Wycliffe Bible Translators USA’s Integrated Marketing Communications team and the Last Languages Campaign are featured in the Winter edition of Outcomes Magazine.

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The changing world of ministry communications.

By Scott Toncray

It was October 2006, and I was about to embark upon a life-changing journey: my first New Testament dedication, which would be in a remote village in Papua New Guinea. As I began my trek to the village, I soon learned the word remote simply was not an adequate term to describe just how far away this village is located. After 16 hours in a commercial aircraft, I arrived in Port Moresby, the capital of Papua New Guinea. From there, I flew on a smaller plane until we reached a base camp in the highlands of the country. Once at the base camp, I crawled into an even smaller bush aircraft that eventually landed on a grass airstrip on the top of a mountain.

Though the mountaintop was in the middle of a dense rain forest, local villagers were waiting, eager to greet us by gently placing flowers around our necks. We were getting closer to our destination, but we were not there just yet. We strapped our luggage and gear on to our backs and hiked to the bottom of the mountain. The trip from Wycliffe’s Orlando, Florida headquarters to my temporary lodging under a palm-thatched roof in the village took three days, and that’s not counting numerous time zone crossings. Even as I traveled there by aircraft, during those three days indigenous Papua New Guineans ventured there by foot. To continue reading this article click here:

Editor’s Note: Outcomes is the national magazine of Christian Leadership Alliance, and it is published and distributed quarterly to CLA members. The purpose of Outcomes is to fulfill CLAs mission to exhort, equip and empower Christian leaders to think biblically and lead effectively as faithful stewards in the service of Jesus Christ. Outcomes equips Christian leaders for excellence in governance, leadership, management and resource development.

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New Songs

By Catherine Rivard. Catherine is serving in Bible translation in Papua New Guinea (PNG). Read her blog at http://www.catherinepng.blogspot.com

Our wasmama and her daughter reading the songbook

“He has given me a new song to sing, a hymn of praise to our God. Many will see what he has done and be amazed. They will put their trust in the Lord” (Psalm 40:3, NLT).

Even with the kerosene lamp, it was getting too dark to see. My teammate, Jessica, and I were singing through our English hymnbook, but now the words shifted and blurred in the shadows. As I set it beside me on our village house’s veranda, I heard the last notes of The Old Rugged Cross. I turned to see my wasmama (host mother) Margaret humming with a small smile. “I used to know that song in the Tok Pisin language,” she sighed, “but I haven’t been to church in so long that I’ve forgotten.”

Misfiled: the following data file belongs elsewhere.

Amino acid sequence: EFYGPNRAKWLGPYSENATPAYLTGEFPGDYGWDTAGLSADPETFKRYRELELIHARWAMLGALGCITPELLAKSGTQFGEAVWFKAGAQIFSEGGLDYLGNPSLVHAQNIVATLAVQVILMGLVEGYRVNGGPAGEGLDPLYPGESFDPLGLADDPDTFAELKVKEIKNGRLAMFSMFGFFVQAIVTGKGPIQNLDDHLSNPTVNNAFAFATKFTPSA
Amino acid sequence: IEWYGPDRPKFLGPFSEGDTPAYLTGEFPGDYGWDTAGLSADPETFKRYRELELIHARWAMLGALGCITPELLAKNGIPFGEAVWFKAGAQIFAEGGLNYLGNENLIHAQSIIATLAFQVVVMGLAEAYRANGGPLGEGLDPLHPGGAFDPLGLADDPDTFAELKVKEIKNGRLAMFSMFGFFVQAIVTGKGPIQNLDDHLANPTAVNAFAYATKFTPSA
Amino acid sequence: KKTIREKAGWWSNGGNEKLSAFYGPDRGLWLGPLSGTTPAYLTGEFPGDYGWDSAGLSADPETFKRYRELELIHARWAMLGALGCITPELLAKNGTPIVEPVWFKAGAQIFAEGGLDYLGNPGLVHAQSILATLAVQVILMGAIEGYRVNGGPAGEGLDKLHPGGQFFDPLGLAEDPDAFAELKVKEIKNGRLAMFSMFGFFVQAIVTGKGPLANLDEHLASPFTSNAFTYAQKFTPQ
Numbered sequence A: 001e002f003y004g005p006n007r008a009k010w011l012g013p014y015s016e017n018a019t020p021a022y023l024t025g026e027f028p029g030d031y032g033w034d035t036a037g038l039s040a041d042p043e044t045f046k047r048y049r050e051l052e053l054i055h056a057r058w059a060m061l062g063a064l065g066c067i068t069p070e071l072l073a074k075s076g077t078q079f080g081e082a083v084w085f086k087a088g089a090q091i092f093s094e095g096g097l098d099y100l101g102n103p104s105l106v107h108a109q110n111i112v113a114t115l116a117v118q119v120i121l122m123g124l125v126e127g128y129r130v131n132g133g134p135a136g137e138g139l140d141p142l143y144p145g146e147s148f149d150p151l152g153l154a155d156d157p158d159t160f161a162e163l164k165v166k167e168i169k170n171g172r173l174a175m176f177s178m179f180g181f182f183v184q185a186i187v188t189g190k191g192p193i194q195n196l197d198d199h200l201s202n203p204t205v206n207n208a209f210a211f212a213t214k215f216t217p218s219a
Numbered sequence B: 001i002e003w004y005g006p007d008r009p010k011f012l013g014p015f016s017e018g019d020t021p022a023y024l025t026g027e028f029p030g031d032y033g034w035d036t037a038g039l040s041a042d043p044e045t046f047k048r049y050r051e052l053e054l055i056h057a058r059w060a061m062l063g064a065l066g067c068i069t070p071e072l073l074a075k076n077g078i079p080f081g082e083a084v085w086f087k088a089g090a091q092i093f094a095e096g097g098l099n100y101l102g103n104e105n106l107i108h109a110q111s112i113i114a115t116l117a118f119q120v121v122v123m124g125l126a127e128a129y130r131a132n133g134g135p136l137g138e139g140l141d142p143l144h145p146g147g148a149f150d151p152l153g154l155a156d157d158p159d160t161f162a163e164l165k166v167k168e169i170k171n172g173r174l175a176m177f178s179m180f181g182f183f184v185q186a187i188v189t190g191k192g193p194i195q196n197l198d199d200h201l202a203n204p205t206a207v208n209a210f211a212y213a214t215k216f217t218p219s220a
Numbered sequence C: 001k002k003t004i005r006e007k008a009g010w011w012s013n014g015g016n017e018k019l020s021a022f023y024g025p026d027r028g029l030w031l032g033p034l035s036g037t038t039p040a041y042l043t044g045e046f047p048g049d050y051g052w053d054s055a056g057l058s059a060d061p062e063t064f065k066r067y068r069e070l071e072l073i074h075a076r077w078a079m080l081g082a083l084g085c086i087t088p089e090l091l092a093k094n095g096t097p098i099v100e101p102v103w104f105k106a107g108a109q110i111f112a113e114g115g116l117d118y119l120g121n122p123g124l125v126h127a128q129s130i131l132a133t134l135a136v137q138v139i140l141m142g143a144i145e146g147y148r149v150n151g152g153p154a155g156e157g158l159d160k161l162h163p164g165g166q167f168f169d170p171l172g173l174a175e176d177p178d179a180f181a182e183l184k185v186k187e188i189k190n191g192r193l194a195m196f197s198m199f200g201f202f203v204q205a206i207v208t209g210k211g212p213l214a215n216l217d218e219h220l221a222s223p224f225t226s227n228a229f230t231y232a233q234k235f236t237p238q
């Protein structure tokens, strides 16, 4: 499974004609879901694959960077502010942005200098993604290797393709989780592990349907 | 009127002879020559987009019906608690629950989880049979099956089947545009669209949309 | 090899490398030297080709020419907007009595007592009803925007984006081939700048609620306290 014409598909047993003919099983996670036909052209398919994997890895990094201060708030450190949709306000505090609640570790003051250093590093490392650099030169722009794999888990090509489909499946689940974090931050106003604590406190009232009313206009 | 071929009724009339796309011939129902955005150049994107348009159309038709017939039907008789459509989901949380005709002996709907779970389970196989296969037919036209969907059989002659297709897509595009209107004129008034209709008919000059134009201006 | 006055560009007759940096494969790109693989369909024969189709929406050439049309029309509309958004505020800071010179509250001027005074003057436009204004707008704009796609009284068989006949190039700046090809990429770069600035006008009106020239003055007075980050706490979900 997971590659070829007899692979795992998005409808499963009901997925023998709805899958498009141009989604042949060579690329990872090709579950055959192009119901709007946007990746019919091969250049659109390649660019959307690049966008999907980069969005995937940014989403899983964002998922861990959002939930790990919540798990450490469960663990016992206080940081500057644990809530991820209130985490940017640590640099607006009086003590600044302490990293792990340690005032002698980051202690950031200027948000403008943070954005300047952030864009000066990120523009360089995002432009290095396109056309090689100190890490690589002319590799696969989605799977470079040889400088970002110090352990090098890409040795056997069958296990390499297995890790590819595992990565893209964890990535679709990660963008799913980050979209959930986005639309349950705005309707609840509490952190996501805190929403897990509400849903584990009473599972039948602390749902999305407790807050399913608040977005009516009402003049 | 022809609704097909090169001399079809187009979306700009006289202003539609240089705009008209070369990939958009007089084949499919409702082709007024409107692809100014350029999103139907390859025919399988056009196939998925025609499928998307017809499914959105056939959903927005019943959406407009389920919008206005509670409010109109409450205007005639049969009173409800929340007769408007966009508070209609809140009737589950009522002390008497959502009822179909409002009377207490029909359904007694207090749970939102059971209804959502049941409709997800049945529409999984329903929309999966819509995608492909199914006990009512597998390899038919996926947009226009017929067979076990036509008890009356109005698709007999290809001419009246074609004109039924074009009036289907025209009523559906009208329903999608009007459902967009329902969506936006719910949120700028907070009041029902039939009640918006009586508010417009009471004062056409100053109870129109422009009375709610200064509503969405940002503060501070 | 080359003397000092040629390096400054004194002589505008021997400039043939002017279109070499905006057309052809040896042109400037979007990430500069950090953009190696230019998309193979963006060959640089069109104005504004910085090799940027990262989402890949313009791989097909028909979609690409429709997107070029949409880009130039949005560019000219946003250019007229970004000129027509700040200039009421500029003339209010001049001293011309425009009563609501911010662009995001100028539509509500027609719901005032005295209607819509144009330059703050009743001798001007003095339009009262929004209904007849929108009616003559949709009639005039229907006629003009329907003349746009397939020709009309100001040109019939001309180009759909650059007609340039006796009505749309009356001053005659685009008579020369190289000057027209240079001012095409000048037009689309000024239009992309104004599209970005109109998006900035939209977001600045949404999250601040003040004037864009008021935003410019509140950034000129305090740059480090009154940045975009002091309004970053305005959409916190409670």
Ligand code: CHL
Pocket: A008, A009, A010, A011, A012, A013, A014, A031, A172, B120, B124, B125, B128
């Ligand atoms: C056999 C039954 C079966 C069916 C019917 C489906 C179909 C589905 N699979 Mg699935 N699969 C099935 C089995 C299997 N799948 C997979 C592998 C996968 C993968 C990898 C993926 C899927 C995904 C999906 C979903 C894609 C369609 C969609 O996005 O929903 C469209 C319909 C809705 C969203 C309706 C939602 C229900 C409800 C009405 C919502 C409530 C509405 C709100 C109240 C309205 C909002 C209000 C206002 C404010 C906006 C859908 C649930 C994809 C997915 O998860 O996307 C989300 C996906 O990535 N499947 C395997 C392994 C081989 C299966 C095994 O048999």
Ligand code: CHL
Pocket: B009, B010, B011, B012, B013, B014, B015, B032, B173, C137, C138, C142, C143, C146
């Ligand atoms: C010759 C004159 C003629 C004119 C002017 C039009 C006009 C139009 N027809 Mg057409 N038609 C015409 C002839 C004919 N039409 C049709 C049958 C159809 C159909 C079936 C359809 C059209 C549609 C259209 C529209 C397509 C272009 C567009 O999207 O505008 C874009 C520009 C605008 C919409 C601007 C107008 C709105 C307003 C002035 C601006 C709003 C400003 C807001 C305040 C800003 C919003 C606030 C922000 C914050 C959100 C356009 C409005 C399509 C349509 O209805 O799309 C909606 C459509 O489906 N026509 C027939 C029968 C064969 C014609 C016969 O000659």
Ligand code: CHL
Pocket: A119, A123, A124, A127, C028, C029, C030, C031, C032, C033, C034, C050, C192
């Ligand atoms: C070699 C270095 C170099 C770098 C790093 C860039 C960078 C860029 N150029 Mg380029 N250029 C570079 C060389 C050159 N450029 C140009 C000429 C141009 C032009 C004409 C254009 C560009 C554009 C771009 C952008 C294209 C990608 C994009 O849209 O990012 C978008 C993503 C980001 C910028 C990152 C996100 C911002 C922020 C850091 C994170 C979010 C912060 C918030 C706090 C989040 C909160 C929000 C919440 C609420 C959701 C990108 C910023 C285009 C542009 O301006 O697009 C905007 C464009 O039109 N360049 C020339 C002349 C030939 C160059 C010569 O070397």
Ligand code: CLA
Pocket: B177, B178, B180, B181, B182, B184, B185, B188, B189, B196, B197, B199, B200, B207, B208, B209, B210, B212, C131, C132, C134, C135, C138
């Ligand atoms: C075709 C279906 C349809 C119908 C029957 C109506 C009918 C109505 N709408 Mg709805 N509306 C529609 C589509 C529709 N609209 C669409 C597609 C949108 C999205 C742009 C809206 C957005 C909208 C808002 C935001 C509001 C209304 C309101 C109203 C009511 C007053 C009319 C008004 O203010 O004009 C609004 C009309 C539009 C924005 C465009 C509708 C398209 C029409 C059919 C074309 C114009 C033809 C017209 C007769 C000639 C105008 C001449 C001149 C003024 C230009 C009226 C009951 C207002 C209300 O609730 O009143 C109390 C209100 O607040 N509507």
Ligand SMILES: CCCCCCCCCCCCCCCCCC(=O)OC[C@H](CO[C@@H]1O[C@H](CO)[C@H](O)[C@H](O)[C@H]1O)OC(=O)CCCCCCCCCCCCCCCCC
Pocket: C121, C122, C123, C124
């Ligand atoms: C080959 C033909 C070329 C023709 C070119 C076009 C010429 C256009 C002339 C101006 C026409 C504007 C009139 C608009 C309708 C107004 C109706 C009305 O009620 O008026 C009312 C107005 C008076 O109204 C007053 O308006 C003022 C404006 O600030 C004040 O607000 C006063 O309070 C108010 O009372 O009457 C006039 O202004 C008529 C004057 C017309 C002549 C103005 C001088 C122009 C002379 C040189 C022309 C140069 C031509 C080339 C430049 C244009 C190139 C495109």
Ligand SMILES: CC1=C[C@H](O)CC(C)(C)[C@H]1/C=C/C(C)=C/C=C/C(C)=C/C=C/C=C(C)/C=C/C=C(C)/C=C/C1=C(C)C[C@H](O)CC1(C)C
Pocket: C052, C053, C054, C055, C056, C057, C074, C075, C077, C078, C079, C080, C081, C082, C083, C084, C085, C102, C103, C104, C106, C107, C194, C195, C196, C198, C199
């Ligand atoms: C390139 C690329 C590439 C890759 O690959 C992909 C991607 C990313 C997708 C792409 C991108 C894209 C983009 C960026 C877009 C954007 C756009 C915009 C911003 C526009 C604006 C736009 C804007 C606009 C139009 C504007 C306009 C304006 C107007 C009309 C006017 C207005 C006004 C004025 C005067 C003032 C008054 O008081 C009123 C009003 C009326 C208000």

I nodded silently. One of the few believers in the village, she had a strong witness in the community, despite persecution and opposition. Two years ago, her preteen son had died suddenly. The wound was still fresh, and without the support of family, she hadn’t gone back to church, wondering how God could allow his death.

Suddenly she stood up. “You should hear those songs. On Sunday, we’ll go to my old church.” So the following Sunday, Jessica and I followed our wasmama and her two nieces for an hour’s walk up the mountain to the local Baptist church. There, as we worshipped in English, Tok Pisin, and Bargam (the local language), I twisted back on the bench to see a smile again spread across my wasmama’s face as she praised her Lord with her beloved hymns.

Several weeks later, when it was time for us to leave, we thanked our wasmama—and gave her a songbook. She reached for it gingerly, tracing the Tok Pisin words on the cover, then held it to her chest, caressing it like a child. She looked up at us, her voice full and cracking. “I hadn’t been to church in years,” she said, “but then you came and sang those songs. So we went, and my heart was glad, but I didn’t have a songbook to help me remember. But now . . . ” she gripped the book tightly. “Thank you. Now I see it is good for me to go back to church.”